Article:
New net zero targets for development approvals

Planning rules will improve energy efficiency and incorporate renewables in our city’s buildings

New buildings will use more renewable energy and support the transition to net-zero emissions under our Australia-first plans to include energy targets in development applications.

The City of Sydney’s plans were unanimously endorsed by Council at its August meeting.

Development applications for new office buildings, hotels and shopping centres and major redevelopments of existing buildings will comply with minimum energy ratings from January 2023 and achieve net-zero energy use from 2026.

New developments will use more renewable energy. Photo: Katherine Griffiths / City of Sydney

The new planning rules combine energy efficiency and the use of onsite and offsite renewables to move buildings towards net zero energy use. Including the option to use offsite renewable energy purchases is another first for local planning rules in Australia.

The performance standards and evidence base can be used by all councils across Greater Sydney and will support investment in renewable energy and create jobs in regional areas.

We’ve already invested in wind and solar farms in Inverell, Nowra and Wagga to help us achieve 100% renewable electricity from locally sourced clean energy.

The new planning measures are expected to save more than $1.3 billion on energy bills for investors, businesses and occupants from 2023 to 2040, and help us meet its target of net-zero emissions by 2035.

Lord Mayor Clover Moore said energy use in buildings was a significant contributor to greenhouse gas emissions.

“Commercial office space, hotels and apartment buildings contribute 68% of total emissions in the City of Sydney. If we’re to meet our target of net-zero emissions by 2035, we need the building sector to play its part,” the Lord Mayor said.

“These new controls, four years in the making, require developers to reduce emissions through increased energy efficiency, on-site renewable energy production and offsite renewable energy procurement. They are ambitious but achievable and provide a clear pathway for developers to improve energy performance and transition to net zero buildings.”

“Working with our major developers and building owners to address the climate crisis could not be more important. Not only will this program help us reach our target of net-zero emissions by 2035, it will provide energy savings of more than $1.3 billion for investors, businesses and occupants across Greater Sydney.”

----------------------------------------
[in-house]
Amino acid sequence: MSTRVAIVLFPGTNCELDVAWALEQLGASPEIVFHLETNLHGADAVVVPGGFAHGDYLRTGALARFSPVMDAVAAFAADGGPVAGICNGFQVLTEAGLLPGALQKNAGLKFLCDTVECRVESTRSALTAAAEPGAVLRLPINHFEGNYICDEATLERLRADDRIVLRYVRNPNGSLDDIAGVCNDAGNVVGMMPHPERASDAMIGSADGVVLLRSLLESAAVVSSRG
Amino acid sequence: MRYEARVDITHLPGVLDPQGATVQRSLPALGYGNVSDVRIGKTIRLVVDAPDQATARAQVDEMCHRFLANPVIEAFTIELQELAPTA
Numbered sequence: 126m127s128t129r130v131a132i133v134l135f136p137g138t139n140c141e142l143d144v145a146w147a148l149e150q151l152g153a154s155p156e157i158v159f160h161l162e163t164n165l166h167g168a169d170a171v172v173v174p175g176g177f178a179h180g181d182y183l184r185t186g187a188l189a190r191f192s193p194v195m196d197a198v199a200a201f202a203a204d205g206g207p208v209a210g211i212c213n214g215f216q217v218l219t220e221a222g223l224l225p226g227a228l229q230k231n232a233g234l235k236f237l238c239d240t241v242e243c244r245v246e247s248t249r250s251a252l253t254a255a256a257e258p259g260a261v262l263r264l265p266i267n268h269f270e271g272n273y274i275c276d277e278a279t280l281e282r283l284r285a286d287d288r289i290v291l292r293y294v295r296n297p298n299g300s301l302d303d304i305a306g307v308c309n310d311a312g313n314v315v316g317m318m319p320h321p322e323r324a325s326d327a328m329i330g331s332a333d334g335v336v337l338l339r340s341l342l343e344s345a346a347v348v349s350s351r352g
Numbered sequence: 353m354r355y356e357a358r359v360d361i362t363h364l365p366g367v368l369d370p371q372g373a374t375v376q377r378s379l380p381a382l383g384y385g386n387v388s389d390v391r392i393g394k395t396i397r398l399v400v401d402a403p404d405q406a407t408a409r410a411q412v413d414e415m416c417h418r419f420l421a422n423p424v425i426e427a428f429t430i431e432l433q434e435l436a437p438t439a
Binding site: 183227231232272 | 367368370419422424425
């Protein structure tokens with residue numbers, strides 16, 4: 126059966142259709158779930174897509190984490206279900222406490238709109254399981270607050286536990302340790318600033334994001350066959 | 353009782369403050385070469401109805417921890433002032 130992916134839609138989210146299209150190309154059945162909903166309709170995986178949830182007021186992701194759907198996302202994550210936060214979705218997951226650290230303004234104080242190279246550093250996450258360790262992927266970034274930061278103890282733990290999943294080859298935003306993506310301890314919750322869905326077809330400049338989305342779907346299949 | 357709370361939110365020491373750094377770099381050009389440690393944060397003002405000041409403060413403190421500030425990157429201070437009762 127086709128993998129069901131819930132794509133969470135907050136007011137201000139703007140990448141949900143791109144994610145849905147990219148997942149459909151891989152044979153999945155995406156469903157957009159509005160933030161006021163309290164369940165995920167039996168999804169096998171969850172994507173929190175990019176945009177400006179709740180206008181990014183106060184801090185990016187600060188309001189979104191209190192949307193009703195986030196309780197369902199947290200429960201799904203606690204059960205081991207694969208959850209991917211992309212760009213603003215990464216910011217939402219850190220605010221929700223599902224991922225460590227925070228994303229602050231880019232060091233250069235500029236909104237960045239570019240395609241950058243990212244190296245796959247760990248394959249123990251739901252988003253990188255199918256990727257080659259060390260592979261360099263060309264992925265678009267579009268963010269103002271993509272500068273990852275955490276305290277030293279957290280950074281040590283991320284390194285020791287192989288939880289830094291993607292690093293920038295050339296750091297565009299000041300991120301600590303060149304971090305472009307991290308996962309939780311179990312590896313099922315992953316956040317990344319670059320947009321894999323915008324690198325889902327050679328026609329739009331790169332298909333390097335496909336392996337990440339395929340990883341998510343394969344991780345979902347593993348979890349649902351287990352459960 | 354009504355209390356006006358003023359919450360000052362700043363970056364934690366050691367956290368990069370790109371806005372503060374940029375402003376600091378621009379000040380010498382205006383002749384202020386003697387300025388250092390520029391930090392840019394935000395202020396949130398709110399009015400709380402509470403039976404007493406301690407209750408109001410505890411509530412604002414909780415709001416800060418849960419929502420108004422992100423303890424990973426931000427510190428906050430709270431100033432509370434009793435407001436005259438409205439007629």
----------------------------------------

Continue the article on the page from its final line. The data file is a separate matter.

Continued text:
Final amendments were made to the proposal after the City of Sydney reviewed feedback during the public exhibition late last year.

The amendments provide more clarity for developers in the structure and operation of the controls, particularly for projects involving the refurbishment of existing buildings. The amendments also make it easier for existing buildings to demonstrate how they are moving towards net-zero emissions.

Our planning rules combine energy efficiency and the use of renewables to move buildings towards net zero energy use

Neil Arckless, Lendlease executive development director, said his organisation supported the ambitious performance standards.

“At Lendlease we recently set our own pathway to net zero carbon by 2025 and absolute zero by 2040,” Arckless said.

“We’re always pushing the boundaries to innovate in sustainability and welcome the City of Sydney leading the way in the development of these performance standards. I’m confident we can all rise to the challenge."

Façade remediation of the stonework, steel and bronze window repairs and façade lighting for the George and Barrack streets frontages will follow.

The new planning measures are expected to save more than $1.3 billion on energy bills for investors, businesses and occupants

Stockland CEO Commercial Property Louise Mason said the company strongly endorsed the City of Sydney’s net-zero energy buildings performance standards.

“We've brought forward our target to achieve net zero carbon emissions to 2028 and extended the commitment across our entire portfolio, covering close to 170 active assets and projects Australia-wide,” Mason said.

The measures are expected to deliver substantial financial benefits. Annually office owners will save $2,750 per 1,000 square metres of floor area and hotel owners $170 per hotel room.

There are projected public benefits and savings in health, energy network and emissions costs, worth around $1.8 billion. The planning controls also support the NSW Government's renewable energy zones through investment and create demand for jobs and new skills in energy efficiency.

The performance standards address requirements in the Greater Sydney region plan and respond to local, state and industry goals, including the NSW net zero plan and electricity strategy, district plans to reduce carbon emissions and sustainability actions in local planning.

Read more about the net zero proposal.

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